"Subway Beggers": A guy (Jason) keeps giving dollar bills to flim-flam performers on a train, only to be caught without any small bills when someone really deserving (Kelly) sings her heart out. This was quite possibly Ms. Clarkson's finest performance since <i>From Justin to Kelly</i>.
"History Channel": Kenny Watkins (FM) is honored once more, this time for saying "Hell no!" to a direct deposit. Amusing little time filler, isn't it?
MUSICAL PERFORMANCE: Little Miss Kelly sings her heart out on the pop-rock hit "Since You've Been Gone." As some of you know, I usually tend to listen to alt-rock and maybe a little underground, but her performance was a lot less annoying than some of the songs in her discography.
WEEKEND UPDATE: It would be safe to say that once again we were treated to another uneven hodgepodge on "Update," but this time there's slightly more to talk about. For example, Prince Charles (SM) and his fiancé Camilla Parker-Bowles (FA) get caught in a little tonsil hockey, plus a quick commentary by Kenan relating to the ongoing Bill Cosby sex rumors. The real highlight, however, was hearing "Lady Sugarwalls" and Mrs. Arnett sing an impromptu rendition of the theme song from "The Mary Tyler Moore Show."
"Gays in Space": Gawd bless Trio for their penchant for unusual programming, except when they're playing on gay stereotypes. In this leaden sci-fi spoof, Bateman goes back into <i>Some of My Best Friends</i> mode and plays the captain of a spaceship with an all-fey crew. After five minutes of the usual catty comments, an all-lesbian ship seeks a "sperm transfusion," and that's the real party begins. But really, this wasn't all that funny.
"Gibson Studios": During a recording session, Chicago's very own Bill Kurtis (another top-notch impression by DH) intersperses idle chatter with voiceovers for an A&E program studying serial killers. Having grown up watching Kurtis on WBBM-TV here in Chicago, I was absolutely enthralled that Hammond, much less anyone else in the cast, would do an impression of someone so well known and loved right here in the Windy City. Plus, Hammond's timing during the recording session was pitch-perfect, jumping from handbags made of scrotums to his granddaughter without effort.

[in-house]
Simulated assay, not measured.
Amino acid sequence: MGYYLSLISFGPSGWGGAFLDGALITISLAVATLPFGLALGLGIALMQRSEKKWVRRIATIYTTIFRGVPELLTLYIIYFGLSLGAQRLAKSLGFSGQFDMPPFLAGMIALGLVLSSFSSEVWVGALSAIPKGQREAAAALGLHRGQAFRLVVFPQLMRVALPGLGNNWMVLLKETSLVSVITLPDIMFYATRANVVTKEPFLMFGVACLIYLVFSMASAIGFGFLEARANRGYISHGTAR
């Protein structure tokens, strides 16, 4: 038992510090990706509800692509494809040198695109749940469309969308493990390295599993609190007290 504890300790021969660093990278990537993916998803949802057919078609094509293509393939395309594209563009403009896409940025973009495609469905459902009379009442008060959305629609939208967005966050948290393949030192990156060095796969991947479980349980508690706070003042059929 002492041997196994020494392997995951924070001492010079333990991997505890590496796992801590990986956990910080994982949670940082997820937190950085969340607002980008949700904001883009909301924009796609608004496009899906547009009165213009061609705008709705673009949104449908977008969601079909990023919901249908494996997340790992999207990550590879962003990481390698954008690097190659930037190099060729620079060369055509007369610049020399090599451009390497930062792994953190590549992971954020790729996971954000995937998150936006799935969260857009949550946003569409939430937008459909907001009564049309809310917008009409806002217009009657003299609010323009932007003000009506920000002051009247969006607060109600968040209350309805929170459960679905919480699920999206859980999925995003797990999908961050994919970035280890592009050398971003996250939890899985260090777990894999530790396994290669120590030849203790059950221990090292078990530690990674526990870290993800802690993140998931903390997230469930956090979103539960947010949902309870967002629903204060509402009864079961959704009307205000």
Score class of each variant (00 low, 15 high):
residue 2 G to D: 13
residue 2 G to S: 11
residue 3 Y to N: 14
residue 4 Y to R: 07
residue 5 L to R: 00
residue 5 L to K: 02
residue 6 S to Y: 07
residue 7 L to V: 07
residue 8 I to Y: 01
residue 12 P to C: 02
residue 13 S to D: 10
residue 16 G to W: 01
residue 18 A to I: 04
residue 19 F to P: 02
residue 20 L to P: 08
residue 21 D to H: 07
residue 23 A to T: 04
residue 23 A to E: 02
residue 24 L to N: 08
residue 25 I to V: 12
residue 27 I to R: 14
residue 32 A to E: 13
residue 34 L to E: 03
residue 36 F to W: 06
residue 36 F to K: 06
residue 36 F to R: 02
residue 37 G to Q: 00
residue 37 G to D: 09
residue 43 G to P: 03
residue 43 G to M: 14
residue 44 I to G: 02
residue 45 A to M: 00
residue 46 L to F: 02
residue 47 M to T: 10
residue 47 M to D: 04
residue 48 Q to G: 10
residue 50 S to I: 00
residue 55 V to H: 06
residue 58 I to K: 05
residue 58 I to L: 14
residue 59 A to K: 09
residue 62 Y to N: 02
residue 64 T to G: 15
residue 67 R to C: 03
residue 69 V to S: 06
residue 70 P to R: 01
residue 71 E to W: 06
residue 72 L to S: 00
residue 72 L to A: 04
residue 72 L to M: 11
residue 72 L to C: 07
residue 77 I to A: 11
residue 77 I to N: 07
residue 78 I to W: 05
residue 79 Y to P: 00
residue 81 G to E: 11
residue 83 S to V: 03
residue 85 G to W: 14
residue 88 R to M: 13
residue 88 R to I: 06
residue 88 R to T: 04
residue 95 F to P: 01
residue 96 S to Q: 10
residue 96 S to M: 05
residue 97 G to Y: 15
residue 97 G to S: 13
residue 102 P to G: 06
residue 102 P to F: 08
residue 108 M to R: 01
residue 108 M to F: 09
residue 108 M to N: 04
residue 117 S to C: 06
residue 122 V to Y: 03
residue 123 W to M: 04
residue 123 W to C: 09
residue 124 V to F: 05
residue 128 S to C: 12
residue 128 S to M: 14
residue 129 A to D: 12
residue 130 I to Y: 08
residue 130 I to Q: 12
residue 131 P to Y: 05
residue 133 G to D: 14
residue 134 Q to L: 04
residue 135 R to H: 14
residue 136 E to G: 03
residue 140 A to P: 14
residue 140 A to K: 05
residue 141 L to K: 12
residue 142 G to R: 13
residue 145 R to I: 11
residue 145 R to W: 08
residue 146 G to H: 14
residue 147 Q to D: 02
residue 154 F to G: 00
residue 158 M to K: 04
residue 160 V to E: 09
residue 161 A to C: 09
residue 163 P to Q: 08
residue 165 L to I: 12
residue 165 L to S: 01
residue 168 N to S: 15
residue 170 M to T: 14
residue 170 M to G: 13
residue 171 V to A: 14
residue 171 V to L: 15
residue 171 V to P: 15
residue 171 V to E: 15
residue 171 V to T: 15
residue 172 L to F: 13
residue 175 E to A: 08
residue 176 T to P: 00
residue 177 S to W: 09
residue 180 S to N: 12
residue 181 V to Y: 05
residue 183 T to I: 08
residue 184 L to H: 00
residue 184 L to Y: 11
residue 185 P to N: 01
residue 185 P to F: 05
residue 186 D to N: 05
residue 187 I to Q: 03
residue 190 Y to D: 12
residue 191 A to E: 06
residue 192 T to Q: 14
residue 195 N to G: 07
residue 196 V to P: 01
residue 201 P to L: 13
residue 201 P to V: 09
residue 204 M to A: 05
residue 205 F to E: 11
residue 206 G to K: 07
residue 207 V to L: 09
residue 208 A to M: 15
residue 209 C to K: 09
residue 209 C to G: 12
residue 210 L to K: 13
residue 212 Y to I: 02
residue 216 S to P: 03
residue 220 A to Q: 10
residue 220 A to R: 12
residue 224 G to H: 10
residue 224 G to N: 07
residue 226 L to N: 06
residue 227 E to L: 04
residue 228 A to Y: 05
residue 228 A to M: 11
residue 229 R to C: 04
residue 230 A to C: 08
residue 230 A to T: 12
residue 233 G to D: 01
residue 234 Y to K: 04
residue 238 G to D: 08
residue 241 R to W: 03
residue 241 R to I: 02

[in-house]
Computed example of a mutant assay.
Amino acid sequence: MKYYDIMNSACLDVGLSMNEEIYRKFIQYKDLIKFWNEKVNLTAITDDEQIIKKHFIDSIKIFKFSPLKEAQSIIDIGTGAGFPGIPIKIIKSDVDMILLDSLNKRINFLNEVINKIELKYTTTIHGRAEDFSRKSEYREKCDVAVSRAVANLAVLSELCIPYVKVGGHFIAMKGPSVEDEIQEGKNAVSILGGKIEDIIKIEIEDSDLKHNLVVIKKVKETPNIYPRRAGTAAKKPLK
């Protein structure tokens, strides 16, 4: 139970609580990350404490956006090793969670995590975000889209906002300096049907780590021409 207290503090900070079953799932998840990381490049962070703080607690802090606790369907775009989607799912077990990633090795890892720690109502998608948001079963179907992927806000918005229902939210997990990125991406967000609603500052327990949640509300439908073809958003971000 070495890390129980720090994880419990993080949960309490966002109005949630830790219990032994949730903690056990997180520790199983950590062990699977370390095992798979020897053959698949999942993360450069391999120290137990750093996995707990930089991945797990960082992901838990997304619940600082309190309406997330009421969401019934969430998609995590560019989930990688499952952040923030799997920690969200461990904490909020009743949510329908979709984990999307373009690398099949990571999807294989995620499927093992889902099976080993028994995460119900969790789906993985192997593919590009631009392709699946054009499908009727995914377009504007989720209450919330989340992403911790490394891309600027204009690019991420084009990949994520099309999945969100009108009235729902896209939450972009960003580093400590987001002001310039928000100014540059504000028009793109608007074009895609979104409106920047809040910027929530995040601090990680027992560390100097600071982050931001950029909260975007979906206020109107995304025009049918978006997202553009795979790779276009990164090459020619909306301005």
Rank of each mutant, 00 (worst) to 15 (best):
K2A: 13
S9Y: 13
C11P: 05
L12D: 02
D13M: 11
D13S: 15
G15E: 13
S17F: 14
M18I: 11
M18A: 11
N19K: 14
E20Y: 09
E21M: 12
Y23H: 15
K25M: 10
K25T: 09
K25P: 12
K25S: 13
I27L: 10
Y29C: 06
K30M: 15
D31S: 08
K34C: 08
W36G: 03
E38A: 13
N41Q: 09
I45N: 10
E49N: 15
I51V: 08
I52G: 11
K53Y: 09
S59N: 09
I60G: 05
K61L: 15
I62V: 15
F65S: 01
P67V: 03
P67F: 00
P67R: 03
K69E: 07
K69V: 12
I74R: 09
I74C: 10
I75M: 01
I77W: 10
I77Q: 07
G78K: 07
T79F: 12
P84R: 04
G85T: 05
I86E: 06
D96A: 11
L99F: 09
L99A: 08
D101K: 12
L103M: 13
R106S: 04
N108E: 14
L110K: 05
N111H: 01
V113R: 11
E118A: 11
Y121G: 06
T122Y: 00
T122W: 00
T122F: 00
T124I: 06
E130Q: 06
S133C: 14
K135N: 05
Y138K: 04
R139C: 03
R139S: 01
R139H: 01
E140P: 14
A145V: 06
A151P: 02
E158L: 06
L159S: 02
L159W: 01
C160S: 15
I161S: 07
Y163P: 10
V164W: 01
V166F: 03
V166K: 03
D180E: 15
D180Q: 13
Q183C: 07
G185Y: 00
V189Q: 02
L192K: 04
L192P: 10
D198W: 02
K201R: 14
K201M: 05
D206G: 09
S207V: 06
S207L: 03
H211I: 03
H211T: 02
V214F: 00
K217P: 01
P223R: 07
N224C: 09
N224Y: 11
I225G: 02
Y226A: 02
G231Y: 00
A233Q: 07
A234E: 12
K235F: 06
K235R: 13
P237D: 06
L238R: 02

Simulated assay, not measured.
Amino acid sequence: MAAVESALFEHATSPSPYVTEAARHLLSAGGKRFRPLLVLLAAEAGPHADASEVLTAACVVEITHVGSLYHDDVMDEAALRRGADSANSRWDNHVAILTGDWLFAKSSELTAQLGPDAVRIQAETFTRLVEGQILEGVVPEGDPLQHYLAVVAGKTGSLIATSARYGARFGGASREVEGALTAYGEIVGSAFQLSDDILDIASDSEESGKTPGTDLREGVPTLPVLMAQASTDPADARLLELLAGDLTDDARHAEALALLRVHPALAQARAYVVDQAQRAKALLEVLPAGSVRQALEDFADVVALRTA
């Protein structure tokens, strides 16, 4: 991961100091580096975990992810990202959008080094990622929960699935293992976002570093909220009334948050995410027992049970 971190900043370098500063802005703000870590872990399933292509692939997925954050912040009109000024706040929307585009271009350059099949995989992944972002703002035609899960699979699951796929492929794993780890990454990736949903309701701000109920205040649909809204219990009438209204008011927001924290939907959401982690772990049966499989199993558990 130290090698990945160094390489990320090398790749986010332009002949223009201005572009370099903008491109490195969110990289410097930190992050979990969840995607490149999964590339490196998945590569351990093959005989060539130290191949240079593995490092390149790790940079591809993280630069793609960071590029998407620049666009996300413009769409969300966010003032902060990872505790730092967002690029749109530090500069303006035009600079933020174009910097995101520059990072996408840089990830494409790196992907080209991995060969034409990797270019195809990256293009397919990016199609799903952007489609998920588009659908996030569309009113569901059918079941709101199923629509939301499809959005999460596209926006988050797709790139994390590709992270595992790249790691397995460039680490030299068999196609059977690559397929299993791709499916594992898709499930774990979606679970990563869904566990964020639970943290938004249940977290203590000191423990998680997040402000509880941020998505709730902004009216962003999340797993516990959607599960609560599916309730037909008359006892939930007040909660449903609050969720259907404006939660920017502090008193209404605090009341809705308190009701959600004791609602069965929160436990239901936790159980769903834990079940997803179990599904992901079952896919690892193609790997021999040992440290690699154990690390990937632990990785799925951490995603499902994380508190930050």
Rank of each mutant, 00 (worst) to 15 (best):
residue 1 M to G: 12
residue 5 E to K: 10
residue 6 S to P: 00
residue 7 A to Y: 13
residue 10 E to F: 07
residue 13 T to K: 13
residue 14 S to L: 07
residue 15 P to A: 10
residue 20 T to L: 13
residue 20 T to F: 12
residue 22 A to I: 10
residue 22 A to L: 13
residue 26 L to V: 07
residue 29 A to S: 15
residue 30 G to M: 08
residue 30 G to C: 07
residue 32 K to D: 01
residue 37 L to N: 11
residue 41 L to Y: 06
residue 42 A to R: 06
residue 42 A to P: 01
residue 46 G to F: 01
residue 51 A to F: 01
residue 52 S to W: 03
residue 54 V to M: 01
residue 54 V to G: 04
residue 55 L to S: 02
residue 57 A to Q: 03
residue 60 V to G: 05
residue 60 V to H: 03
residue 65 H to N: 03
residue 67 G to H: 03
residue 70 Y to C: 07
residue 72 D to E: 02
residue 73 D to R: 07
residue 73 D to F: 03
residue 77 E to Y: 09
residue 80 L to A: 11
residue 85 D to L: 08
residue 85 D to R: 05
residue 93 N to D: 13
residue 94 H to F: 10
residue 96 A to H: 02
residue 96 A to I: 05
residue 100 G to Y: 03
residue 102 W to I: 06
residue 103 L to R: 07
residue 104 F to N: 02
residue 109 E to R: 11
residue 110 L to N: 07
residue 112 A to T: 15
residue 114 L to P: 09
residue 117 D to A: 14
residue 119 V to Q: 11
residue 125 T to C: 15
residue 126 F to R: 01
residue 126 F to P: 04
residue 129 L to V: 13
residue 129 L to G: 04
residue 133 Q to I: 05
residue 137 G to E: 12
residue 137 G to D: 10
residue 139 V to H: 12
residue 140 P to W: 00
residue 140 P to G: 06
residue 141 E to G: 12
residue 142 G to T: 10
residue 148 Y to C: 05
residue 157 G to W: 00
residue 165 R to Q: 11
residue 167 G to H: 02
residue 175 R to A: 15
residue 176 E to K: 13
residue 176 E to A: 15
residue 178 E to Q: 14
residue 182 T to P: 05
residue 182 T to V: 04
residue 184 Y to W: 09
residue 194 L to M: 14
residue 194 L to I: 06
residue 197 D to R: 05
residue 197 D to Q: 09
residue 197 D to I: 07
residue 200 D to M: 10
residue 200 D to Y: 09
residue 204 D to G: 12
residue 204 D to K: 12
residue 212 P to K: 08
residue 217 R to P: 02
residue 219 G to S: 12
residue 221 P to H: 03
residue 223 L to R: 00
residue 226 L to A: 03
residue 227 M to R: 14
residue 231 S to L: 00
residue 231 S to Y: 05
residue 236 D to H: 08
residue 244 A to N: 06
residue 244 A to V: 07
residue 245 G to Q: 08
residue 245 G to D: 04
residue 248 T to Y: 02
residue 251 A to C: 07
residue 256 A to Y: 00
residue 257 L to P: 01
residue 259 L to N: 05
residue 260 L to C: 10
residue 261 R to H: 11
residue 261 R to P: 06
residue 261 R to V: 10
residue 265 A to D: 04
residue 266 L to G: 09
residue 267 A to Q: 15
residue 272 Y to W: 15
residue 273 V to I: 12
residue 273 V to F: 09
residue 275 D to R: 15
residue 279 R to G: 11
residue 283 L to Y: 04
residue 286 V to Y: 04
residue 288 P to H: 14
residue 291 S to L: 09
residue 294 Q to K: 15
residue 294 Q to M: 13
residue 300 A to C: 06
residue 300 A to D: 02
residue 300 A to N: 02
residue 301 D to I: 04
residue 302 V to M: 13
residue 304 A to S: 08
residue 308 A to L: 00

"History Channel": One more time with Kenny Watkins, who in 1990 said "Hell no!" to eating cold, uncooked fish at an office party. Either this is nothing more than a running gag or Finesse desperately wants to make this a recurring character.
MUSICAL PERFORMANCE: With her one great song out of the way, Kelly is stuck crooning the annoying "Breakaway." Given that she was wearing a relatively revealing blouse, at least I had something to look at while she chirped the song's non-existent lyrics. "Rap Night with Chubb Hotty": I had a feeling this would come back sooner or later. In tonight's edition, the grotesquely obese rhymer (HS) subjects himself to more fat jokes while promoting his new video with the clip's director (Jason) and his striking girlfriend (Kelly). This would've been okay if they could've found something funnier than a loud, devastating fart to end the sketch.
"Speech Enhancement": The instructor of a public speech class (Mrs. A) struggles to get her class to "invite" their imaginary audience, with one student (Jason) gradually coming on to her and another (CP) struggling through a presentation due to his "gesture dyslexia." This was, all in all, a solid conceptual sketch to end the night.
Despite my early misgivings, tonight's show not only met my expectations but soared right past them. Bateman proved to the latest host to gel well with the cast, almost functioning as a quasi-cast member despite his celebrity status. Kelly Clarkson was satisfactory as a musical guest, but was a welcome addition to the two sketches she appeared in. This episode may not be the best of Year 30, but it certainly makes a case for the top two or three.
Sketches/Segments That Will Probably Be Removed in Repeats: The "History Channel" trilogy, "Gays in Space," and "Breakaway."
Next Week: Former "Camp Wilder" star Hilary Swank hosts with 50 Cent making his third musical guest stint. You know, I was really beginning to wonder whatever happened to her after ABC cancelled the show eleven years ago.
Note: "Arrested Development" airs Sundays at 8:30/7:30c on Fox. I order you to watch it.